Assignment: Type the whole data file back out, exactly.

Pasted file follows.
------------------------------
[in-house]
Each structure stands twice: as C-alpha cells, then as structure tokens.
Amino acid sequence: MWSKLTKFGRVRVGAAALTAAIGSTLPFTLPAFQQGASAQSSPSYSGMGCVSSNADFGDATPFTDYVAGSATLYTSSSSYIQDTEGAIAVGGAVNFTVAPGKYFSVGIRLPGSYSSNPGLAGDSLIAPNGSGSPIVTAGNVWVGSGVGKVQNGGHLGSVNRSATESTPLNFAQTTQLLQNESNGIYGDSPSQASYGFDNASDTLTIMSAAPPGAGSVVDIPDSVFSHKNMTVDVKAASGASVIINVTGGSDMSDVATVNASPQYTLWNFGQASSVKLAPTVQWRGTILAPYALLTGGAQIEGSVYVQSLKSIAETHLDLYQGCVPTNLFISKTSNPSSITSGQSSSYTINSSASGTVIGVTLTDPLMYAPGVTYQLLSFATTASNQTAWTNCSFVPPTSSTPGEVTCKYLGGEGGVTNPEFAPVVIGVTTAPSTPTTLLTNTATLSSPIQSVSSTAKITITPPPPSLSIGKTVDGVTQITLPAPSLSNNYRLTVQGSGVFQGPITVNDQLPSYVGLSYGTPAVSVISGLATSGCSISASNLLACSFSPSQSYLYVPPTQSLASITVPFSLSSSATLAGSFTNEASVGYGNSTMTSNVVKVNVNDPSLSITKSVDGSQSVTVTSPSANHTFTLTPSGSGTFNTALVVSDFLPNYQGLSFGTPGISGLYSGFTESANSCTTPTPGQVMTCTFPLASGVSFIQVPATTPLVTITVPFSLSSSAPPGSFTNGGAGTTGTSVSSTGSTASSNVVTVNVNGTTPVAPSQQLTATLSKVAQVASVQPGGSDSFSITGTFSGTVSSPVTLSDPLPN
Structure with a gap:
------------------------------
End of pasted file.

[in-house]
Each structure stands twice: as C-alpha cells, then as structure tokens.
Amino acid sequence: MWSKLTKFGRVRVGAAALTAAIGSTLPFTLPAFQQGASAQSSPSYSGMGCVSSNADFGDATPFTDYVAGSATLYTSSSSYIQDTEGAIAVGGAVNFTVAPGKYFSVGIRLPGSYSSNPGLAGDSLIAPNGSGSPIVTAGNVWVGSGVGKVQNGGHLGSVNRSATESTPLNFAQTTQLLQNESNGIYGDSPSQASYGFDNASDTLTIMSAAPPGAGSVVDIPDSVFSHKNMTVDVKAASGASVIINVTGGSDMSDVATVNASPQYTLWNFGQASSVKLAPTVQWRGTILAPYALLTGGAQIEGSVYVQSLKSIAETHLDLYQGCVPTNLFISKTSNPSSITSGQSSSYTINSSASGTVIGVTLTDPLMYAPGVTYQLLSFATTASNQTAWTNCSFVPPTSSTPGEVTCKYLGGEGGVTNPEFAPVVIGVTTAPSTPTTLLTNTATLSSPIQSVSSTAKITITPPPPSLSIGKTVDGVTQITLPAPSLSNNYRLTVQGSGVFQGPITVNDQLPSYVGLSYGTPAVSVISGLATSGCSISASNLLACSFSPSQSYLYVPPTQSLASITVPFSLSSSATLAGSFTNEASVGYGNSTMTSNVVKVNVNDPSLSITKSVDGSQSVTVTSPSANHTFTLTPSGSGTFNTALVVSDFLPNYQGLSFGTPGISGLYSGFTESANSCTTPTPGQVMTCTFPLASGVSFIQVPATTPLVTITVPFSLSSSAPPGSFTNGGAGTTGTSVSSTGSTASSNVVTVNVNGTTPVAPSQQLTATLSKVAQVASVQPGGSDSFSITGTFSGTVSSPVTLSDPLPN
Structure with a gap: